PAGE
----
We learn from this that we need to incorporate the amount of home equity gained by borrowers into our prepayment modeling.

 Modeling Credit Performance

Of course, Covid’s impacts were felt even more acutely in delinquency rates than in prepays. As the following chart shows, a borrower that was 1-month delinquent during Covid had a 75 percent probability of being 2-months delinquent the following month.

This is clearly way outside the norm of what was observed historically and compels us to ask some hard questions when attempting to fit a model to this data.

The long-term average of “two to worse” transitions (the percentage of 60-day delinquencies that become 90-day delinquencies (or worse) the following month) is around 40 percent. But we’re now observing something closer to 50 percent. Do we expect this to continue in the future, or do we expect it to revert back to the longer-term average. We observe a similar issue in other transitions, as illustrated below. The rates appear to be stabilizing at higher levels now relative to where they were pre-Covid. This is especially true of more serious delinquencies.

How do we respond to this? What is the best way to go about combining this pre-Covid and post-Covid data?

Principles for handling Covid-era mortgage data

One approach would be to think about Covid data as outliers that should be ignored. At the other extreme, we could simply accept the observed data and incorporate it without any special considerations. A split-the-difference third approach would have us incorporate the new data with some sort of weighting factor for use in future stress scenarios without completely casting aside the long-term reference values that had stood the test of time prior to the pandemic.

This third approach requires us to apply the following guiding principles:

  1. Assess assumed correlations between driving macro variables: For example, don’t allow the model to assume that increasing unemployment will lead to higher home prices just because it happened once during a pandemic.
  2. Choose short-term calibrations carefully. Do not allow models to be unduly influenced by blindly giving too much weight to what has happened in the past two years.
  3. Determine whether the new data in fact reflects a regime shift. How long will the new regime last?
  4. Avoid creating a model that will break down during future unusual periods.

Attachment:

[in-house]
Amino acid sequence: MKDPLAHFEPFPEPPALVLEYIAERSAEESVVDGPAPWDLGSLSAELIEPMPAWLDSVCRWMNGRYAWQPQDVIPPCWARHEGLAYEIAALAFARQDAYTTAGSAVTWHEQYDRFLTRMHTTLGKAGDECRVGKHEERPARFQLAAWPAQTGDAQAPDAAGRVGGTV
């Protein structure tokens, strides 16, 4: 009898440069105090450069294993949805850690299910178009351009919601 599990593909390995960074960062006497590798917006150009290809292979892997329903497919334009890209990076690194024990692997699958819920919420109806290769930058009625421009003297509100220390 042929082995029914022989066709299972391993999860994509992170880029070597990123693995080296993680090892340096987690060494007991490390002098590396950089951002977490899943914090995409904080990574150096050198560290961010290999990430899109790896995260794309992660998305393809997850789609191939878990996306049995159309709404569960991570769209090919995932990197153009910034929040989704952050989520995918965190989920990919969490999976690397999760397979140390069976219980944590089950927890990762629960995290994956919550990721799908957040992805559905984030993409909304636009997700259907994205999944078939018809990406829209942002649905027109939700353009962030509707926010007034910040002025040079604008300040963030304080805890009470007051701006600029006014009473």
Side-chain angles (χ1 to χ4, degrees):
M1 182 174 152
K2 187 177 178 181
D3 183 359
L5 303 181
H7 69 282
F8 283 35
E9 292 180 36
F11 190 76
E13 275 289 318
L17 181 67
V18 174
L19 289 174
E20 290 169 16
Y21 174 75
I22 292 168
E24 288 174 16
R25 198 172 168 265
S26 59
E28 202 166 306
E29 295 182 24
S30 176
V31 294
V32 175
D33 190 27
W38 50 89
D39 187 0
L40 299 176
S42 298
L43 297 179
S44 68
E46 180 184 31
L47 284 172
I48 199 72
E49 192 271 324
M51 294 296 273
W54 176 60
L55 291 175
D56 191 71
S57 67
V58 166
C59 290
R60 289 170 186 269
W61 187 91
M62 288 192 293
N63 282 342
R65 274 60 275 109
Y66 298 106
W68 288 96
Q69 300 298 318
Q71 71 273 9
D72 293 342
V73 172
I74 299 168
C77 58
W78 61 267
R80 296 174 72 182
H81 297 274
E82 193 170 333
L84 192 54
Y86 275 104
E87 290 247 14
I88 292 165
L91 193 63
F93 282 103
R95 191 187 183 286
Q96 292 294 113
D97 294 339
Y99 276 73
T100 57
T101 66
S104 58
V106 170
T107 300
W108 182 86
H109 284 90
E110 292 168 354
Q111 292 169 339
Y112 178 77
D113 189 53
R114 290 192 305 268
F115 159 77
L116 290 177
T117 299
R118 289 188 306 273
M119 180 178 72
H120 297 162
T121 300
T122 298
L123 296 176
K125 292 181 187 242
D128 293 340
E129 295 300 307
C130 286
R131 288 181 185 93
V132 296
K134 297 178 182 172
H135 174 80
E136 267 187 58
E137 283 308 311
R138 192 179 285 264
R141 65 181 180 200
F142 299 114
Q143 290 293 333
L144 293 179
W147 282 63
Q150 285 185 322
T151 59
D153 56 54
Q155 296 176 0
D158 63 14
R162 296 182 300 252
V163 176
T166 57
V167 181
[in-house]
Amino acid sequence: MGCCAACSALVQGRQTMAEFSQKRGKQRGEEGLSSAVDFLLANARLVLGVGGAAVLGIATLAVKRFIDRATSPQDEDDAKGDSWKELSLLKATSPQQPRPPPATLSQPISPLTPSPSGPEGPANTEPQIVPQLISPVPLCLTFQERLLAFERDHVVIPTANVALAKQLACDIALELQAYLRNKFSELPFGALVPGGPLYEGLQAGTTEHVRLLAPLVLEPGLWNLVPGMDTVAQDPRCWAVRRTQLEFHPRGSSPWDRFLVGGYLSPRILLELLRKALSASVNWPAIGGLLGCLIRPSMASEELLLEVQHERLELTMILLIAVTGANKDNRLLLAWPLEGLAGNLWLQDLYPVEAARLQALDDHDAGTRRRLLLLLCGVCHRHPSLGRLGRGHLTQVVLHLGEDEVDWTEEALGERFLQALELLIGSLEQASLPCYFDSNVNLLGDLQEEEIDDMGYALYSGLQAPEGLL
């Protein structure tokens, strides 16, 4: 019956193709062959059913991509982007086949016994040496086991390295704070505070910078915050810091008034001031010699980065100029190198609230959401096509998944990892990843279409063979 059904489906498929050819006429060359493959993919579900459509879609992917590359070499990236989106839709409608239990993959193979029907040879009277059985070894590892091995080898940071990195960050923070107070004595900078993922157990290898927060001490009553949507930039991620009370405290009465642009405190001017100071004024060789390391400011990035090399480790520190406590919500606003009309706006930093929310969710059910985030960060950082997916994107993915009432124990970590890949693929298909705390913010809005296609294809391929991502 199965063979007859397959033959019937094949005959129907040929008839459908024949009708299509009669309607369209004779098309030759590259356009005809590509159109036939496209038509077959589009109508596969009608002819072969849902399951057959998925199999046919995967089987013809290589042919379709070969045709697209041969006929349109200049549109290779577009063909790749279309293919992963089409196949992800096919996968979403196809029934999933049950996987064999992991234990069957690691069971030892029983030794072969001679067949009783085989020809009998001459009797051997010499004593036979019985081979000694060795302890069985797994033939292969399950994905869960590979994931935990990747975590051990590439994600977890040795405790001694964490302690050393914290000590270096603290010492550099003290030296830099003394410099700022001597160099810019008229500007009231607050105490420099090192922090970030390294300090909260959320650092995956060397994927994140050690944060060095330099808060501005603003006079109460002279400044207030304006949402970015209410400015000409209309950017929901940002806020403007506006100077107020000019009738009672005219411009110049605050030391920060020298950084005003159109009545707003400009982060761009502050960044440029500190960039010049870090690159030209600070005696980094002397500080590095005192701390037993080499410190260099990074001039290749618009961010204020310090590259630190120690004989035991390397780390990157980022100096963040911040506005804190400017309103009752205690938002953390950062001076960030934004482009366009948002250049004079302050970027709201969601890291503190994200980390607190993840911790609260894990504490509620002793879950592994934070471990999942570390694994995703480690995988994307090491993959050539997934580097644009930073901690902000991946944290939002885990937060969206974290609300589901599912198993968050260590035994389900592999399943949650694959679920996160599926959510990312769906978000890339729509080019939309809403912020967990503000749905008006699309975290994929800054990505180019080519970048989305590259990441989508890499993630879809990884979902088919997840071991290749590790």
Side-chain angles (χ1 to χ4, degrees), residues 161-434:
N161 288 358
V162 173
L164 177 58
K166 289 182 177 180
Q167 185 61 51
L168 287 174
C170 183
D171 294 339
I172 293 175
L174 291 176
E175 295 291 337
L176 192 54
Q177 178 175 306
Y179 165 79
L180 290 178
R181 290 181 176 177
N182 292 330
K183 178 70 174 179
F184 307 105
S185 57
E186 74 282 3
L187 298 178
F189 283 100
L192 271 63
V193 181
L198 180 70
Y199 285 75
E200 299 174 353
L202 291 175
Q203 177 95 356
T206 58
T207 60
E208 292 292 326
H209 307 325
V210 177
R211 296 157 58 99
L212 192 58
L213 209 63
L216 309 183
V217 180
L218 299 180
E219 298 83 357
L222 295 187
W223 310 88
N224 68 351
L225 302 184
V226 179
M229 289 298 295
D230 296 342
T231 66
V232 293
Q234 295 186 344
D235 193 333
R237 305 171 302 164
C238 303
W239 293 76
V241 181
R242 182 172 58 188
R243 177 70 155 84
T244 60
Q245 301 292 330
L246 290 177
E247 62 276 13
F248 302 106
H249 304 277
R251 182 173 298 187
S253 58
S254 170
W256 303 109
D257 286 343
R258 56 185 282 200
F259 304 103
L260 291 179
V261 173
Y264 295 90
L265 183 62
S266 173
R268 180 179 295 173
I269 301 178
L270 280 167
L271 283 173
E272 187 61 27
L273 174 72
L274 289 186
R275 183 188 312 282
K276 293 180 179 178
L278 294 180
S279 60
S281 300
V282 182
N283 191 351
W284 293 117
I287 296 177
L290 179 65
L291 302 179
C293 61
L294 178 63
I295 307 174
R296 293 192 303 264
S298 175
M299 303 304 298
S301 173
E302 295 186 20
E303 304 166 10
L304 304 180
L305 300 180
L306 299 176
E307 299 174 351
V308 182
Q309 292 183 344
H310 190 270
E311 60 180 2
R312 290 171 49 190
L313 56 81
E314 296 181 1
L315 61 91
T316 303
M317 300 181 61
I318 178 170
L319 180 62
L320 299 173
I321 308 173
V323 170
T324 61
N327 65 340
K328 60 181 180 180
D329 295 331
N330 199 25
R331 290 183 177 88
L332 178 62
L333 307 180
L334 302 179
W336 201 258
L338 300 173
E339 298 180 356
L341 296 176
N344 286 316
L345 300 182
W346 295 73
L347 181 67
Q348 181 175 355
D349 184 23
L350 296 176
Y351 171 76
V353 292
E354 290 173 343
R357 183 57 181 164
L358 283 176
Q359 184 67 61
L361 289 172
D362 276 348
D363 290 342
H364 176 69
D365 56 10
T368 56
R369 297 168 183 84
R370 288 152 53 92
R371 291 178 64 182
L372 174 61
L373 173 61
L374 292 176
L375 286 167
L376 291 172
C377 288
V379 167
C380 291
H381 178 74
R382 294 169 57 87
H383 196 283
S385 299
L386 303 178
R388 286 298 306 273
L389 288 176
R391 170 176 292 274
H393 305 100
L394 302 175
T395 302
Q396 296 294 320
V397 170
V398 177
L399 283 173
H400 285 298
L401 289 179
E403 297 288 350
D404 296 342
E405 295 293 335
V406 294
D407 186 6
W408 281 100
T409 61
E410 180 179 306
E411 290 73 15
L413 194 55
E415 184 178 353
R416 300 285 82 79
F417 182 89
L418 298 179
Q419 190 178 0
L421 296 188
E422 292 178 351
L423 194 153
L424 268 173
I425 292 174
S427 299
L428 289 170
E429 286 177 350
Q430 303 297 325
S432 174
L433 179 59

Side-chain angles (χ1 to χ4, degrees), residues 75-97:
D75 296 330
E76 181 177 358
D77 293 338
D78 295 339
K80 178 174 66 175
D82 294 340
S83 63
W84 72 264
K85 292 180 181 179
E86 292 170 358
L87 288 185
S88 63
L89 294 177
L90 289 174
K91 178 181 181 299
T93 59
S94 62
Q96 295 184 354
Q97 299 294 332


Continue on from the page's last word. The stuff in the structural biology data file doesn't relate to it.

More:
1. Prepare for other extremes. Incorporate what was learned into future stress testing
  1. Build models that allow sensitivity analyses and are easy to change/tune. Models need to be sufficiently flexible that they can be tuned in response to macroeconomic events in a matter of weeks, rather than taking months or years to design and build an entirely new model.

Covid-era mortgage data presents modelers with a unique challenge. How to appropriately consider it without overweighting it. These general guidelines are a good place to start. For ideas specific to your portfolio, contact a RiskSpan representative.


How Rithm Capital leverages RiskSpan’s expertise and Edge Platform to enhance data management and achieve economies of scale




One of the nation’s largest mortgage loan and MSR investors was hampered by a complex data ingestion process as well as slow and cumbersome on-prem software for pricing and market risk.

A complicated data wrangling process was taking up significant time and led to delays in data processing. Further, month-end risk and financial reporting processes were manual and time-pressured. The data and risk teams were consumed with maintaining the day-to-day with little time available to address longer-term data strategies and enhance risk and modeling processes.



  1. Modernize Rithm’s mortgage loan and MSR data intake from servicers — improve overall quality of data through automated processes and development of a data QC framework that would bring more confidence in the data and associated use cases, such as for calculating historical performance.

  2. Streamline portfolio valuation and risk analytics while enhancing granularity and flexibility through loan-level valuation/risk.

  3. Ensure data availability for accounting, finance and other downstream processes.

  4. Bring scalability and internal consistency to all of the processes above.



By adopting RiskSpan’s cloud-native data management, managed risk, and SaaS solutions, Rithm Capital saved time and money by streamlining its processes

Adopting Edge has enabled Rithm to access enhanced and timely data for better performance tracking and risk management by:

  • Managing data on 5.5 million loans, including source information and monthly updates from loan servicers (with ability in the future to move to daily updates)
  • Ingesting, validating and normalizing all data for consistency across servicers and assets
  • Implementing automated data QC processes
  • Performing granular, loan-level analysis​


With more than 5 million mortgage loans spread across nine servicers, Rithm needed a way to consume data from different sources whose file formats varied from one another and also often lacked internal consistency. Data mapping and QC rules constantly had to be modified to keep up with evolving file formats. 

Once the data was onboarded Rithm required an extraordinary amount of compute power to run stochastic paths of Monte Carlo rate simulations on all 4 million of those loans individually and then discount the resulting cash flows based on option adjusted yield across multiple scenarios.